A review by Edward H. Burtt, Jr.
The Warbler Guide, by Tom Stephenson and Scott Whittle
Princeton University Press, 2013
560 pages, $29.95—softcover
This is a book that every serious birder should own.
There. Now that I’ve stated my conclusion, let me tell you why.
Tom Stephenson and Scott Whittle’s Warbler Guide is an innovative synthesis of techniques deploying every aspect of appearance, sound, and life history to help identify the American wood-warblers, those colorful, charismatic, and diverse songbirds.
Many of the wood-warblers breed in the boreal forests of North America and migrate to winter quarters in the southern U.S. and the American tropics. Each spring, during the northward migration, millions of birds and tens of thousands of birders gather at such stopover sites as High Island, Texas; Cape May, New Jersey; Crane Creek, Ohio; and Fort Morgan, Mississippi.
As the birders gaze intently and the warblers flit quickly, the most commonly heard human vocalization is “What is that?”—usually accompanied by an extended finger indicating a small bunch of offending feathers. Now, the answer to that question will come more quickly and more easily, thanks to this single book that gathers our collective knowledge, organizes it for ready access by beginners and experts alike, and synthesizes the information for more effective learning and retention.
The guide begins with an excellent introduction to how to use the book, a key to the symbols, and a particularly well-done discussion of warbler topography, illustrated with superbly detailed, sharply focused photographs. The book’s introduction is one of the rare cases where I cannot imagine how even the best drawings could better show the characteristics under discussion.
The authors go on to explain and illustrate the difference between contrast and color, comparing, for example, the low contrast of a Yellow Warbler with the high contrast of a Black-and-white Warbler. Carefully selected photographs emphasize that contrast can also be helpful in assessing eye rings and cheek patches and in comparing spring and fall plumages. As to color, the guide’s concise text and superb photographs show convincingly that the blue of a Cerulean Warbler, for example, is recognizably different from that of a Northern Parula—and demonstrate, too, how important lighting is to the correct interpretation of color.
Even the best photographs can suffer from poor reproduction. Here, though, I doff my hat to Princeton University Press and the Chinese printers. The color reproduction in this book is wonderfully accurate. If the authors state that the gray of one species is cooler than that of another, the photographs actually show that subtle difference. When the authors caution the reader about the yellow-orange cast of the light at sunrise and sunset, the photograph shows how a Black-and-white Warbler at dawn shows only muted contrast and the bird’s white feathers seem dull orange.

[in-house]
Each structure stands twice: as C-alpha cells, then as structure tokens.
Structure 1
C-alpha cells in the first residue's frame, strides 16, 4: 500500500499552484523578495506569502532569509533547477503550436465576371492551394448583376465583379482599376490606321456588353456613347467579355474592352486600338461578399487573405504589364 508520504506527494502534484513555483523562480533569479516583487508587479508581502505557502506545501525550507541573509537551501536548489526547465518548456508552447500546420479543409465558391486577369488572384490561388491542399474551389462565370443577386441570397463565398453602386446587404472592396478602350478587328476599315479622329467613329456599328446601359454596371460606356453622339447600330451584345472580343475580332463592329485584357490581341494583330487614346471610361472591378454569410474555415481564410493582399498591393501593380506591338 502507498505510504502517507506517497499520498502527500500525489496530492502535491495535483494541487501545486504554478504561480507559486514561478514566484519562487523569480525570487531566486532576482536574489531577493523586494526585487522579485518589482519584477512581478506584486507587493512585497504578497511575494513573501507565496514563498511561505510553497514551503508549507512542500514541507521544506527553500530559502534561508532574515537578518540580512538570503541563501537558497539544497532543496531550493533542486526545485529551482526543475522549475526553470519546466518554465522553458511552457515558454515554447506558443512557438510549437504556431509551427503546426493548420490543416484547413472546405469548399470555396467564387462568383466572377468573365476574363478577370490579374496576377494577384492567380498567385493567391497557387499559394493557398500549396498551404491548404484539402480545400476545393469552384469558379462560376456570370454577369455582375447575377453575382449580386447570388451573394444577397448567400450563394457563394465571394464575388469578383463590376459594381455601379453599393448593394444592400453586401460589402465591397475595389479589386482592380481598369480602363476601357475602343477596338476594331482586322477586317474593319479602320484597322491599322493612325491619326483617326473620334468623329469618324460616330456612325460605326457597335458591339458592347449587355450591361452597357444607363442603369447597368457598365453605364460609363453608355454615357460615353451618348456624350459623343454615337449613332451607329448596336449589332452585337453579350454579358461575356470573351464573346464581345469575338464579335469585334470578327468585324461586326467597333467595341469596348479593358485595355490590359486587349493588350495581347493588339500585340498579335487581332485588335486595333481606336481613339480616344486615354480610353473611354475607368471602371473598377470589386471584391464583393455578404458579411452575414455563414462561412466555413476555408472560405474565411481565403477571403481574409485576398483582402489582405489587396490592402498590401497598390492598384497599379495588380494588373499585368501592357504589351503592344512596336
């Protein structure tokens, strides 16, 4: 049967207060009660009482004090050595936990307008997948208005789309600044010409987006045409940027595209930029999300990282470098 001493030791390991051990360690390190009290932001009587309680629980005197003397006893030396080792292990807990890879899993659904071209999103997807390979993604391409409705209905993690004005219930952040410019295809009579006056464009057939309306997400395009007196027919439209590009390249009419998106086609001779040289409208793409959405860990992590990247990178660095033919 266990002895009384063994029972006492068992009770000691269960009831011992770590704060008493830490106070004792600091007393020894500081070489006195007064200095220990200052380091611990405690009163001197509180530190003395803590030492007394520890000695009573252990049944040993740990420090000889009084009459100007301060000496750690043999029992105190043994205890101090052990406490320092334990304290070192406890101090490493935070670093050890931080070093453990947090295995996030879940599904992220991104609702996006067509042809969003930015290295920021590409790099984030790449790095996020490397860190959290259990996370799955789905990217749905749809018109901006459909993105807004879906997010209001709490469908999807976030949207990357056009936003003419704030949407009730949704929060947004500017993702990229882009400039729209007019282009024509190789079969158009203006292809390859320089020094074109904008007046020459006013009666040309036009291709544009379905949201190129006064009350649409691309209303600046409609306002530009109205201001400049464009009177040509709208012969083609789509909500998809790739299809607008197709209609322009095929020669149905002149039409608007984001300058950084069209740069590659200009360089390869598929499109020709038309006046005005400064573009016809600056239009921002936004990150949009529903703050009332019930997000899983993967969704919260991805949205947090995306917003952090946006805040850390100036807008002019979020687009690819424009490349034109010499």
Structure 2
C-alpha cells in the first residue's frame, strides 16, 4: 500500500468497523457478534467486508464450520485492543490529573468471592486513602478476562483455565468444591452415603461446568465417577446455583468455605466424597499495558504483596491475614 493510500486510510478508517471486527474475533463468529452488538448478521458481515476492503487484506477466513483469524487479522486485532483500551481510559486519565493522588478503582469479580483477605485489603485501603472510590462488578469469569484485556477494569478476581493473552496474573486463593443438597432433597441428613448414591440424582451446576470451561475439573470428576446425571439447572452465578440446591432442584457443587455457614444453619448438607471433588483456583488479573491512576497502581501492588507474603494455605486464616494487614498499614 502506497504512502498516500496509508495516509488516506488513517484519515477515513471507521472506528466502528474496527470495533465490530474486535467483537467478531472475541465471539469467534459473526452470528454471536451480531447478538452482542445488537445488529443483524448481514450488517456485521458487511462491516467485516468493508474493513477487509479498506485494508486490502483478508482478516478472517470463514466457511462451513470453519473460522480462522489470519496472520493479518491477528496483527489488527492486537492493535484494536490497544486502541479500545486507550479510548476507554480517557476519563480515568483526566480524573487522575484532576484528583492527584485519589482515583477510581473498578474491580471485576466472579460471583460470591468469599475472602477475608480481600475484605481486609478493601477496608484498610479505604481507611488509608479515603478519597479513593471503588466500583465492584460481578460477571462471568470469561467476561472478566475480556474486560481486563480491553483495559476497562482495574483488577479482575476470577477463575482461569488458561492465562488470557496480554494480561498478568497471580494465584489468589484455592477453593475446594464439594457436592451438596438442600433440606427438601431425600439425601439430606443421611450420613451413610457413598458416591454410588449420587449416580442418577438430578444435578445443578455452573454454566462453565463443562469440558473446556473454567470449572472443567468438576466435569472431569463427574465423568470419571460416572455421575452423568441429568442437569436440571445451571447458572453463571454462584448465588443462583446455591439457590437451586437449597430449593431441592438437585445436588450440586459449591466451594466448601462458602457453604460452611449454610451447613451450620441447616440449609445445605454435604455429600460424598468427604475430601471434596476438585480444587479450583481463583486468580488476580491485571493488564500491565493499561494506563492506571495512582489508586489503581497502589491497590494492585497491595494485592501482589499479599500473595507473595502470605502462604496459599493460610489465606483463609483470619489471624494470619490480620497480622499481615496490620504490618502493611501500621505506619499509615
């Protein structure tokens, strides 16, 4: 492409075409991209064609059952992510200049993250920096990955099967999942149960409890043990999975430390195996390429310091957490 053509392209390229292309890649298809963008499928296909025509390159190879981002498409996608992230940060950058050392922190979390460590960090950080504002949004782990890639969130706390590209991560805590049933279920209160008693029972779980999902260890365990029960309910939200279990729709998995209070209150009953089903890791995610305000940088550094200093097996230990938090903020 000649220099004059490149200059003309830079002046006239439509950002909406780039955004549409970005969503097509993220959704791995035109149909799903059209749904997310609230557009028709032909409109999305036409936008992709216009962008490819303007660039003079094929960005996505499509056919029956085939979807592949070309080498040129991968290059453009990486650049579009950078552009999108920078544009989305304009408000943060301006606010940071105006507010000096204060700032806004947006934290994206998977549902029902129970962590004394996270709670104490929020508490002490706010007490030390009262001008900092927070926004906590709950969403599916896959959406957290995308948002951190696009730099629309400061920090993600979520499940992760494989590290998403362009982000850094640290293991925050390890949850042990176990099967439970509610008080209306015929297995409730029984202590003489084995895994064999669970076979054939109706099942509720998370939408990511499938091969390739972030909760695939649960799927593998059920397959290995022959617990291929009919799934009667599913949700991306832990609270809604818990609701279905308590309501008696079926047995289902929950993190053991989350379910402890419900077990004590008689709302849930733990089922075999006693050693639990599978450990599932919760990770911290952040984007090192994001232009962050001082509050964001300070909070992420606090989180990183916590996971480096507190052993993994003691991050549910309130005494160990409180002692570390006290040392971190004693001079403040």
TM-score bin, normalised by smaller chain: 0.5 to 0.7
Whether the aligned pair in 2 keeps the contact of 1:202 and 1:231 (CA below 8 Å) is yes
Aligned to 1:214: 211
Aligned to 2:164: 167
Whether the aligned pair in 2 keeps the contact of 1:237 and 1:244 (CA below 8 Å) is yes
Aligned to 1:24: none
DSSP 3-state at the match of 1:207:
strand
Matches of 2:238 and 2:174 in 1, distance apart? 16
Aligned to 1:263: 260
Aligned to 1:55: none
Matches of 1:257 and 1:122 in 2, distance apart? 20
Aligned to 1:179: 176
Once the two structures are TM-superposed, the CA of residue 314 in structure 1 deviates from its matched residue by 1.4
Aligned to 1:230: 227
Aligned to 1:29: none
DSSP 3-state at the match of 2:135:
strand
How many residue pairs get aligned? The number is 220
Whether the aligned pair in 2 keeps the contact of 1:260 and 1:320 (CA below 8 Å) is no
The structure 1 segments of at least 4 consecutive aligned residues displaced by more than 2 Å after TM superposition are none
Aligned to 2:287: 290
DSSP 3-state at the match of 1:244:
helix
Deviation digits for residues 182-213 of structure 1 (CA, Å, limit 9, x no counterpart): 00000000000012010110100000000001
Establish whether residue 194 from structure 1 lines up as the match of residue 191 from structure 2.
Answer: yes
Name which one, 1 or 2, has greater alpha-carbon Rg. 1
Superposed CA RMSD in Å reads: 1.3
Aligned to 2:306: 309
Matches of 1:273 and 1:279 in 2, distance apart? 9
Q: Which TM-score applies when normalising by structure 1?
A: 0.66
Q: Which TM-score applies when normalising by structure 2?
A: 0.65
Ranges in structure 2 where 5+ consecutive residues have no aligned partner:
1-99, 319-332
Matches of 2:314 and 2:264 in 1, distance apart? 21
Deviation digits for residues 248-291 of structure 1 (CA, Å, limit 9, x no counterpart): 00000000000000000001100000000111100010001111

Similar care is devoted to the presentation of bird topography. Of all the features explained and illustrated, tail spots are given the greatest detail, and appropriately so. Often species-specific and very useful to identification from beneath, tail spots can vary in appearance depending on how the trail is spread, and they are strongly susceptible to shadow.
Aging and sexing, too, are thoroughly discussed and illustrated, with all the relevant terms clearly defined. All together there are some 50 pages devoted to how to look at warblers, pages any birder will find it well worth the time to study.
The extensive introduction is followed by 40 pages describing how to listen to and learn warbler songs, chip notes, and flight calls, generously illustrated with sound spectrograms showing, for example, the difference between harmonics and shadow songs. I have never seen such a clear explanation of sound spectrograms; I will probably have my ornithology students read this section before their field labs.
Next comes a series of “Quick Finders” that sort the warblers by face patterns, under-tail patterns, regional and seasonal distribution, side views, 45°views, and views from beneath. Each finder occupies an entire two pages, an innovative and wonderfully helpful approach to identification.
These visual guides are followed by “Song Finder Charts,” in the face of which I can only take off my hat and give a low, descending whistle of awe. Wow! Like their visual counterparts, the vocal finders are divided into categories, in this case songs, chip notes, and flight calls. Species are grouped by their vocal similarities, which are thoroughly explored in written descriptions and depicted in spectrograms. I know of nothing like these finders anywhere else in the birding or ornithological literature; I have used them for late summer chip notes and found them very helpful.